Thursday, January 16, 2014

An Introduction to Crossover: How Artists Build Careers Across Commercial, Non-Profit and Community Work

Ann Markusen is a Professor/Director at the Hubert H Humphrey School of Public Affairs. When your read the about the projects she has been involved with as a researcher, you quickly recognize that she has had a lifelong interest in the arts. Examples include "California's Arts and Cultural Ecology", "Native Artists: Livelihoods, Resources, Space, Gifts", "Creative Placemaking", which dives into the melding of the arts into communities, and an off-shoot of this idea, 'Artistic Dividend: The Arts' Hidden Contributions to Regional Development'

This morning I wanted to draw attentiono to some idea from Crossover: How Artists Build Careers across Commercial Nonprofit and Community Work, a study she wrote with Sam Gilmore, Amanda Johnson, Titus Levi and Andrea Martinez.

Whenever I hear a speaker or read new ideas being presented, there is an inward listener holding a tuning fork that resonates or fails to resonate with what I read or hear. I believe all of us do this, either consciously or unconsciously. It's where the expression "that doesn't ring true to me." My inner tuning fork believes it's off key.

All that to say that when I began reading Crossover: How Artists Build Careers, it so thoroughly rang true with my experience of the arts community that I felt a need to draw to this work and encourage others to read it or re-visit it.

In order to write about artists and their careers, one must define the term, since we all have most likely dabbled in making art to some degree. This study defines an artist as any one who:
■ self-defines as an artist;
■ works as a writer, musician, visual or performing artist;
■ spends ten hours or more a week on his/her artwork whether or not for income, and;
■ shares his/her artwork beyond family and close friends.

This is one of the most concise definitions I've seen anywhere. They see themselves this way, and behave in a manner consistent with their self understanding. They demonstrate commitment and bring it out of the closet to the broader community.

What was interesting to me, and what the 2006 study demonstrated, was that artists' lives are usually split between three sectors; making art, participating in the commercial realm, and giving themselves to the community. The study shows how pervasive this is. Large numbers of artists split their time among all three sectors. 39% spend most of their time in commercial work and 69% spend at least some artwork time in the community sector.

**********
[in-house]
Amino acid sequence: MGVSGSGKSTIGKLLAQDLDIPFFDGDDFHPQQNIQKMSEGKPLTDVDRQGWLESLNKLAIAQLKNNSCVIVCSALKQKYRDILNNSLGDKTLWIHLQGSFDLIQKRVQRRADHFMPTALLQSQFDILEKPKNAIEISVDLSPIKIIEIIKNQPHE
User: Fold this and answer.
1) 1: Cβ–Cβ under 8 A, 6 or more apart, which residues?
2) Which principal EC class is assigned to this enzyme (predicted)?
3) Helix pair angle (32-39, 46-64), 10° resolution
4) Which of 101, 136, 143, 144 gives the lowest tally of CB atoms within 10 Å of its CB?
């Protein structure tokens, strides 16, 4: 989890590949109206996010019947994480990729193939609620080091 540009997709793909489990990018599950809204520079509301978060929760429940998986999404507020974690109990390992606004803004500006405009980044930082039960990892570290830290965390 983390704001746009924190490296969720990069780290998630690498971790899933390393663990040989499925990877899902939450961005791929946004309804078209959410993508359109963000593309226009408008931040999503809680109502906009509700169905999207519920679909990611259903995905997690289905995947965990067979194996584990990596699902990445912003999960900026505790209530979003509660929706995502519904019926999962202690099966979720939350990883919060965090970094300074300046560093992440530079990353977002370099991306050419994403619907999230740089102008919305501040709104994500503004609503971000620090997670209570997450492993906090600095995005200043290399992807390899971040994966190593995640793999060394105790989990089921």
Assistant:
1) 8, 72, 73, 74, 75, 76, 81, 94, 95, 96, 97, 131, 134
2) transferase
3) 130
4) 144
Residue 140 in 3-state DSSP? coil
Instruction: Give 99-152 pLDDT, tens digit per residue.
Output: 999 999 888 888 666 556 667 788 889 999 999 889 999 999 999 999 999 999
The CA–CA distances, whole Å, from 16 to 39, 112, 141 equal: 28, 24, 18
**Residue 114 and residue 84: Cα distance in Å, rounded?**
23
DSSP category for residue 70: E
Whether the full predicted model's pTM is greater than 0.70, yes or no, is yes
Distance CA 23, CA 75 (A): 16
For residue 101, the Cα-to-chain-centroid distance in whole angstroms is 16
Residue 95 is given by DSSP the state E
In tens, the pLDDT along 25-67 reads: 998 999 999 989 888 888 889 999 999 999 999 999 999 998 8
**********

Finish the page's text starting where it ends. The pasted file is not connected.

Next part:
As I listen to the discussions taking place at meetings of the Twin Ports Arts Align and other groups in our locale, recurring themes include concern for affordable housing, concern for people on the fringe. Perhaps this is do in part because most artists' lives intersect with the fringes more often than other occupations.

Much of the paper revolves around how artists get funded. Crossover notes that most artists would like to do even more for the community than they already are, but must hold down jobs in order to buy the time to commit to the work, which is more than just a passion. One artist i know had a deep commitment to helping the homeless here in Duluth but had to maintain three jobs to make ends meet herself, time she would have preferred devoting to the needy and to her photography.

The paper notes how artists frequently give back by donating their art for fund-raisers. Whether for autism research, cancer research or fund raising to alleviate the weight of excessive hospital debt, artists are among the first to rally round, donating their work in silent auctions, or for entertainment. When times are tough, the artists remain giving. Case in point, the annual Empty Bowl fund raiser at the Depot, helping to keep food shelves stocked here in the Northland.

Visit this site to learn more about the research and writings of Ann Markusen.

Meantime, art goes on all around you. Engage it.

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